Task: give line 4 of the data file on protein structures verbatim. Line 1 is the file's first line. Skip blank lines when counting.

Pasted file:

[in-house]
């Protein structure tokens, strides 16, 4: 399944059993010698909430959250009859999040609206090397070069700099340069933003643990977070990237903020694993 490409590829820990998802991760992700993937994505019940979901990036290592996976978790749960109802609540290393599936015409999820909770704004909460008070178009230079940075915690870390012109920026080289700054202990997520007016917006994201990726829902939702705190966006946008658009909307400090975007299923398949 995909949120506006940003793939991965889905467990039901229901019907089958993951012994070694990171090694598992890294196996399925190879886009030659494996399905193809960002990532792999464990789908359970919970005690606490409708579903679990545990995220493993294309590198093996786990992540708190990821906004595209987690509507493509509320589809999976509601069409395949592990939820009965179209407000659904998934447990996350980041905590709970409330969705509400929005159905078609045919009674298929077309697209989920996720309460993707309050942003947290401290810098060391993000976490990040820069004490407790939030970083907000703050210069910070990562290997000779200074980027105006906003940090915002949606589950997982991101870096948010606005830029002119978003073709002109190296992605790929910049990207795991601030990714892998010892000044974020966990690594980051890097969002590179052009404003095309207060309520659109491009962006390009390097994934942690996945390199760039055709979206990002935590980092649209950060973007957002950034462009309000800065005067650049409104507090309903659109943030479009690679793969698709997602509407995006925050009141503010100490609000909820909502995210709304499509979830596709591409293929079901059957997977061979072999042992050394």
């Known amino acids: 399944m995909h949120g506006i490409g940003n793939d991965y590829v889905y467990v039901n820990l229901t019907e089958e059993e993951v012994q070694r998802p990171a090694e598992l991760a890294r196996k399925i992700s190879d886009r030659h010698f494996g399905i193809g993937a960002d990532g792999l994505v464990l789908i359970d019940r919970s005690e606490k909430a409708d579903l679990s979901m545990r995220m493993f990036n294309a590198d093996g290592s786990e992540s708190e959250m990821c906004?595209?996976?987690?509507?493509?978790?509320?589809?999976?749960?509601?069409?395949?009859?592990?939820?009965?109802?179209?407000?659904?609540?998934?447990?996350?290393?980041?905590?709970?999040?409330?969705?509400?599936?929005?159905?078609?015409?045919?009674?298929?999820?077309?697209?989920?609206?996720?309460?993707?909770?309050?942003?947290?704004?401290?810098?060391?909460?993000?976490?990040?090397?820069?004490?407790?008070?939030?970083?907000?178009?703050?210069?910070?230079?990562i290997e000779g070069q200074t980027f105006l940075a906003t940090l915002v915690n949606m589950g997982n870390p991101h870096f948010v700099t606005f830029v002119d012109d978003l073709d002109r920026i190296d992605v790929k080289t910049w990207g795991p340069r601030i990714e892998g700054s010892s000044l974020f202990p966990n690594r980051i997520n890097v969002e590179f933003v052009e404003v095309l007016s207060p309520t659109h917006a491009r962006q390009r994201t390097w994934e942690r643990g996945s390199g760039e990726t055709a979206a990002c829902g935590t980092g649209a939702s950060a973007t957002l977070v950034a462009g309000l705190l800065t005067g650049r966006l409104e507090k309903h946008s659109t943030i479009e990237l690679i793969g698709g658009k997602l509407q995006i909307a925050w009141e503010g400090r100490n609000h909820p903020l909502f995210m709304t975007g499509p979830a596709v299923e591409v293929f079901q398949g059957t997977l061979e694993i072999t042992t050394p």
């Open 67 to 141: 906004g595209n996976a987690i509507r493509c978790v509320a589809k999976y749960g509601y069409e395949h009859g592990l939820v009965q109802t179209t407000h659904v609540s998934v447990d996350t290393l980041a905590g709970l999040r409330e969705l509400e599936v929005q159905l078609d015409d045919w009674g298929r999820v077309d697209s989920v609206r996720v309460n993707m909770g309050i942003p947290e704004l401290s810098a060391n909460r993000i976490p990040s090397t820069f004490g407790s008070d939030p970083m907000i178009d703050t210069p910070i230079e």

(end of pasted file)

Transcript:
């Open 67 to 141: 906004g595209n996976a987690i509507r493509c978790v509320a589809k999976y749960g509601y069409e395949h009859g592990l939820v009965q109802t179209t407000h659904v609540s998934v447990d996350t290393l980041a905590g709970l999040r409330e969705l509400e599936v929005q159905l078609d015409d045919w009674g298929r999820v077309d697209s989920v609206r996720v309460n993707m909770g309050i942003p947290e704004l401290s810098a060391n909460r993000i976490p990040s090397t820069f004490g407790s008070d939030p970083m907000i178009d703050t210069p910070i230079e």